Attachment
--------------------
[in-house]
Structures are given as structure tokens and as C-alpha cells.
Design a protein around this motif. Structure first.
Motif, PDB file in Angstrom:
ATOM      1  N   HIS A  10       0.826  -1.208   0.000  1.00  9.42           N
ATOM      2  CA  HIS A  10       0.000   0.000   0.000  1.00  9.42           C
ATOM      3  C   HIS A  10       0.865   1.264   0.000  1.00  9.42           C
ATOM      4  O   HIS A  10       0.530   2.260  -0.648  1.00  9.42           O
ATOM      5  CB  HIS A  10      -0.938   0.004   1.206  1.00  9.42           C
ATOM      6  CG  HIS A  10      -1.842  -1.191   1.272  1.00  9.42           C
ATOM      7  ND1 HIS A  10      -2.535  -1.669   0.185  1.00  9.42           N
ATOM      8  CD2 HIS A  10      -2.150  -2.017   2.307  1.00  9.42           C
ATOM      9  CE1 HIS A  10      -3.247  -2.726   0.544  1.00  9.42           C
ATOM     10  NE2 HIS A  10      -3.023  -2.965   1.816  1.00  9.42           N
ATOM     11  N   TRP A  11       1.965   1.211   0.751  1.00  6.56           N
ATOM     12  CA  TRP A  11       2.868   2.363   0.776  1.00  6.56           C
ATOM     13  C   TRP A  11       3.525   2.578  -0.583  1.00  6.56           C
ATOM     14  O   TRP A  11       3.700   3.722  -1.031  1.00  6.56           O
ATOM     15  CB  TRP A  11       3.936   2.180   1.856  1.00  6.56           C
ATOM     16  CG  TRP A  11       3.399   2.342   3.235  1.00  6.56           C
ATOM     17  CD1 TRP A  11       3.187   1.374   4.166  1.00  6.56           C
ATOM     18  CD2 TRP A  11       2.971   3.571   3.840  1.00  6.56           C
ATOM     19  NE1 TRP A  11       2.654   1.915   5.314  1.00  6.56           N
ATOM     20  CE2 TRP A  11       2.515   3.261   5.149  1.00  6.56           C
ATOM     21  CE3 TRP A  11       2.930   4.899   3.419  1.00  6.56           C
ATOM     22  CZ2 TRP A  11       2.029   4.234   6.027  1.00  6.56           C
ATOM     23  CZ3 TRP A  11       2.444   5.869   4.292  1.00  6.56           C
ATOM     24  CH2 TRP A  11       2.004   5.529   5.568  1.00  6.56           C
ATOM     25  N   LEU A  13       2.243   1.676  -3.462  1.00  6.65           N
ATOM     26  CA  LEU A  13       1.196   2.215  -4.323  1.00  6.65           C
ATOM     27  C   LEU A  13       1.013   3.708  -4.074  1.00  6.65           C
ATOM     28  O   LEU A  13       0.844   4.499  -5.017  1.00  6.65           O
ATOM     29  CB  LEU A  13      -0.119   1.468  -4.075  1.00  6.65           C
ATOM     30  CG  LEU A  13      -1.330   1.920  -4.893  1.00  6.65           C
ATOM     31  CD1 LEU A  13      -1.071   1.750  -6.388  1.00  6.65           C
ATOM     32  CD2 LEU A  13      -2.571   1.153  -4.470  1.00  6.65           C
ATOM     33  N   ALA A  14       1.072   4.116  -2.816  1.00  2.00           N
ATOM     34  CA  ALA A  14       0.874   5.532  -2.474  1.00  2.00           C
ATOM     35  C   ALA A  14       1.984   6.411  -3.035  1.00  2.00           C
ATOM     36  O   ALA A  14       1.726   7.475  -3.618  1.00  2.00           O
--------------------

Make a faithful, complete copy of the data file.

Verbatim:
[in-house]
Structures are given as structure tokens and as C-alpha cells.
Design a protein around this motif. Structure first.
Motif, PDB file in Angstrom:
ATOM      1  N   HIS A  10       0.826  -1.208   0.000  1.00  9.42           N
ATOM      2  CA  HIS A  10       0.000   0.000   0.000  1.00  9.42           C
ATOM      3  C   HIS A  10       0.865   1.264   0.000  1.00  9.42           C
ATOM      4  O   HIS A  10       0.530   2.260  -0.648  1.00  9.42           O
ATOM      5  CB  HIS A  10      -0.938   0.004   1.206  1.00  9.42           C
ATOM      6  CG  HIS A  10      -1.842  -1.191   1.272  1.00  9.42           C
ATOM      7  ND1 HIS A  10      -2.535  -1.669   0.185  1.00  9.42           N
ATOM      8  CD2 HIS A  10      -2.150  -2.017   2.307  1.00  9.42           C
ATOM      9  CE1 HIS A  10      -3.247  -2.726   0.544  1.00  9.42           C
ATOM     10  NE2 HIS A  10      -3.023  -2.965   1.816  1.00  9.42           N
ATOM     11  N   TRP A  11       1.965   1.211   0.751  1.00  6.56           N
ATOM     12  CA  TRP A  11       2.868   2.363   0.776  1.00  6.56           C
ATOM     13  C   TRP A  11       3.525   2.578  -0.583  1.00  6.56           C
ATOM     14  O   TRP A  11       3.700   3.722  -1.031  1.00  6.56           O
ATOM     15  CB  TRP A  11       3.936   2.180   1.856  1.00  6.56           C
ATOM     16  CG  TRP A  11       3.399   2.342   3.235  1.00  6.56           C
ATOM     17  CD1 TRP A  11       3.187   1.374   4.166  1.00  6.56           C
ATOM     18  CD2 TRP A  11       2.971   3.571   3.840  1.00  6.56           C
ATOM     19  NE1 TRP A  11       2.654   1.915   5.314  1.00  6.56           N
ATOM     20  CE2 TRP A  11       2.515   3.261   5.149  1.00  6.56           C
ATOM     21  CE3 TRP A  11       2.930   4.899   3.419  1.00  6.56           C
ATOM     22  CZ2 TRP A  11       2.029   4.234   6.027  1.00  6.56           C
ATOM     23  CZ3 TRP A  11       2.444   5.869   4.292  1.00  6.56           C
ATOM     24  CH2 TRP A  11       2.004   5.529   5.568  1.00  6.56           C
ATOM     25  N   LEU A  13       2.243   1.676  -3.462  1.00  6.65           N
ATOM     26  CA  LEU A  13       1.196   2.215  -4.323  1.00  6.65           C
ATOM     27  C   LEU A  13       1.013   3.708  -4.074  1.00  6.65           C
ATOM     28  O   LEU A  13       0.844   4.499  -5.017  1.00  6.65           O
ATOM     29  CB  LEU A  13      -0.119   1.468  -4.075  1.00  6.65           C
ATOM     30  CG  LEU A  13      -1.330   1.920  -4.893  1.00  6.65           C
ATOM     31  CD1 LEU A  13      -1.071   1.750  -6.388  1.00  6.65           C
ATOM     32  CD2 LEU A  13      -2.571   1.153  -4.470  1.00  6.65           C
ATOM     33  N   ALA A  14       1.072   4.116  -2.816  1.00  2.00           N
ATOM     34  CA  ALA A  14       0.874   5.532  -2.474  1.00  2.00           C
ATOM     35  C   ALA A  14       1.984   6.411  -3.035  1.00  2.00           C
ATOM     36  O   ALA A  14       1.726   7.475  -3.618  1.00  2.00           O